Briefs for Feb. 17-20, 2007
New Mountain Express Mortgage officer
Tom Terry has joined Mountain Express Mortgage. Terry’s multi-faceted background has always involved working with people and striving toward the highest levels of customer service. His personal commitment to honesty and integrity brought him to the mortgage industry in 1994. He was a mortgage educator and taught loan officers about refinance and setting standards for customer service. Later, Terry worked with owner/builders to finance lot loans, construction, bridge loans, niche and long-term financing. He is also well acquainted with home improvement, second mortgages and specialty or hard to fund loans. To contact Terry, e-mail
Park Silly Sunday Market Correction
Last week’s story regarding the Sunday Silly market stated the wrong price for booth spots. For more information on prices and anything else, visit
Newcomers Club moves location
The Newcomers Club of Greater Park City is moving its monthly meetings from the Miners Hospital to the Fellowship Hall of the Park City Community Church, located on S.R. 224 behind the Park City Nursery on Bear Hollow Dr. The speaker on March 14 at 10 a.m. will be Dr. Kris Pankow, assistant director of the University of Utah Seismograph Stations. During the Marsac Building seismic renovations, the city employees will be relocating to the Miners Hospital. So Dr. Pankow’s perspective on "Utah Earthquake Risk" is a timely topic.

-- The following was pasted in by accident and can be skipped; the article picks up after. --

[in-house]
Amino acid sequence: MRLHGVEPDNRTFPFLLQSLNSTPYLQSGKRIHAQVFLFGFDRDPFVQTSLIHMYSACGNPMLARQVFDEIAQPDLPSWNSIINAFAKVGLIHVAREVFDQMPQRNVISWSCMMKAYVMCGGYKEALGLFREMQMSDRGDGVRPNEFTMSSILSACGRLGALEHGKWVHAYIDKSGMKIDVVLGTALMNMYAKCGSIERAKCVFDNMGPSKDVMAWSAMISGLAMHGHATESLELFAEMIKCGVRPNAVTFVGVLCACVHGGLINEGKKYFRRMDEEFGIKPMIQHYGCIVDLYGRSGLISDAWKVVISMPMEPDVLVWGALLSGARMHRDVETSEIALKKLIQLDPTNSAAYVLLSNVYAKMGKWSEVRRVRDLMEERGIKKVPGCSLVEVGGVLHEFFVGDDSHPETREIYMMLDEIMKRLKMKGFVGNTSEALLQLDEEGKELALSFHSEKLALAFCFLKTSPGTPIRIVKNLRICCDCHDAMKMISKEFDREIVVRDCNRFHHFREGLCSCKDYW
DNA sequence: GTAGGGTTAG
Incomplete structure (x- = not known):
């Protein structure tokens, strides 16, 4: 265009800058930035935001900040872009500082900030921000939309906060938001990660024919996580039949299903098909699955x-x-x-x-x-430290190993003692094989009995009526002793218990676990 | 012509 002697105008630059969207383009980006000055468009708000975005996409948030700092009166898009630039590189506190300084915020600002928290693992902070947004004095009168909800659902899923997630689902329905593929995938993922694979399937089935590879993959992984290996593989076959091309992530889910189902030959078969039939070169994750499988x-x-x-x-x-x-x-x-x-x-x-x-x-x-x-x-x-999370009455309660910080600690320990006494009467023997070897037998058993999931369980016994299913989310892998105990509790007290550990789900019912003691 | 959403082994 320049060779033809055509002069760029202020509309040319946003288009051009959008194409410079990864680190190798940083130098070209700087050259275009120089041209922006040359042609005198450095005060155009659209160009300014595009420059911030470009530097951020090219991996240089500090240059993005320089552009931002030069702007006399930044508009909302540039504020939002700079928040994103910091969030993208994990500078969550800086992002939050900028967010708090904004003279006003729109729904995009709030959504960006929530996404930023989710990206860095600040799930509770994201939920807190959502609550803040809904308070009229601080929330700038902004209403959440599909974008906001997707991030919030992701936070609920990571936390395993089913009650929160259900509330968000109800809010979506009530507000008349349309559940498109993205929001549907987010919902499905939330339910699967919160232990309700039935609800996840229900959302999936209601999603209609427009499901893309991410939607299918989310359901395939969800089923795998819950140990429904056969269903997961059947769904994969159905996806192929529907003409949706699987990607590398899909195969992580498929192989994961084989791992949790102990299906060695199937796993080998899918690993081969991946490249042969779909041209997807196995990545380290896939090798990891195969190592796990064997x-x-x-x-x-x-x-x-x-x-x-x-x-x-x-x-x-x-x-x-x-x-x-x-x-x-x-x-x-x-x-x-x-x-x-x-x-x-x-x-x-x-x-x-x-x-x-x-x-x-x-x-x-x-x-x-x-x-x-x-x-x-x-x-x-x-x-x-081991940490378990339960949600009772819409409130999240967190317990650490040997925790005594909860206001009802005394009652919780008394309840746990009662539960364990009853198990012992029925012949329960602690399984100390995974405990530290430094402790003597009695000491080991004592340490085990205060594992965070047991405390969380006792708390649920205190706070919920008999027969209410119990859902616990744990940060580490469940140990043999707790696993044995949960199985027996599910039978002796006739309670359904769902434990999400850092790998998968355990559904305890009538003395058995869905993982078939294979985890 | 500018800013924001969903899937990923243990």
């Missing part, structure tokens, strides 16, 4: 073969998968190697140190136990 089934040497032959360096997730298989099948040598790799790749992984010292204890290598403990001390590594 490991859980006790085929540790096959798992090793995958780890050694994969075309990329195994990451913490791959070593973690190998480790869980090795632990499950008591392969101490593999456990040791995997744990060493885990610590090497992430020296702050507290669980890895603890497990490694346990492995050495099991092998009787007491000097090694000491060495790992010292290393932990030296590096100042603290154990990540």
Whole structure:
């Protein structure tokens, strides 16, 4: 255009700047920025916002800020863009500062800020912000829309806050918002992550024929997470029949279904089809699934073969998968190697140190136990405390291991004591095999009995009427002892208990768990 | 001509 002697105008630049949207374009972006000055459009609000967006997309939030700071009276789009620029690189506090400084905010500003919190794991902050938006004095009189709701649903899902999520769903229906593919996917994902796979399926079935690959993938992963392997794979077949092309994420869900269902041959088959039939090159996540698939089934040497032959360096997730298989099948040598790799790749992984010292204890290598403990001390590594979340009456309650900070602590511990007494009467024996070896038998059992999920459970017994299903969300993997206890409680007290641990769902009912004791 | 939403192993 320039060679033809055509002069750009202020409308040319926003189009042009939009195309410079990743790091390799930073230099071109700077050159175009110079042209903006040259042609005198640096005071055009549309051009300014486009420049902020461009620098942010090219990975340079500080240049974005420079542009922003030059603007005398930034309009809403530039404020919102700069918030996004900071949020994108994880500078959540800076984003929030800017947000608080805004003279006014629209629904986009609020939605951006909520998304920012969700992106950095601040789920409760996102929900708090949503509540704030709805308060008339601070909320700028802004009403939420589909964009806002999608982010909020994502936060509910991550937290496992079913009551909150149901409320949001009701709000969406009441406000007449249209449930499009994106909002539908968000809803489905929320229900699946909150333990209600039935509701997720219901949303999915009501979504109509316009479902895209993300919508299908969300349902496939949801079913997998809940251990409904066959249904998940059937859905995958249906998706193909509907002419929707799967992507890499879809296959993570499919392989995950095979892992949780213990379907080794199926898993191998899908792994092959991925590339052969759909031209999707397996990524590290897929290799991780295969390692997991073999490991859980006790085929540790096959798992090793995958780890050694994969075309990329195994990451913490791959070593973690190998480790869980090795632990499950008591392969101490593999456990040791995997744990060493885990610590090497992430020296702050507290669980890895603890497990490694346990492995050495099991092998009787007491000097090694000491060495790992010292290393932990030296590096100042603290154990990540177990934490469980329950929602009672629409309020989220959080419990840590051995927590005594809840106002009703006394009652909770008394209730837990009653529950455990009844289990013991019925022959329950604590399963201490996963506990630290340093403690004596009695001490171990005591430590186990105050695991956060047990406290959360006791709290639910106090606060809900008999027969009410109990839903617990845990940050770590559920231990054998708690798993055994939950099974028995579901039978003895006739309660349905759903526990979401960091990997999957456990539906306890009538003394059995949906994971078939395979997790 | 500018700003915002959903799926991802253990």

Get out of debt seminar
Financial Peace University (FPU), the 13-week program taught by Dave Ramsey, will teach families and individuals how to handle their money through common sense principles and small group accountability. FPU classes are beginning in Park City at St. Luke’s Episcopal Church, beginning Wednesday, Feb. 28 at 7 p.m. and at the Kamas Park Building, Tuesday, Feb. 27 at 7 p.m. For more information, contact Don Milne at (801) 594-8222 or firstname.lastname@example.org to register.
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User Legend: Moderator Trusted User
Thanks to COVID-19 cutting into visitation numbers, Park City’s seasonal workforce is sufficient. In any other winter, “the hiring situation would be dire.”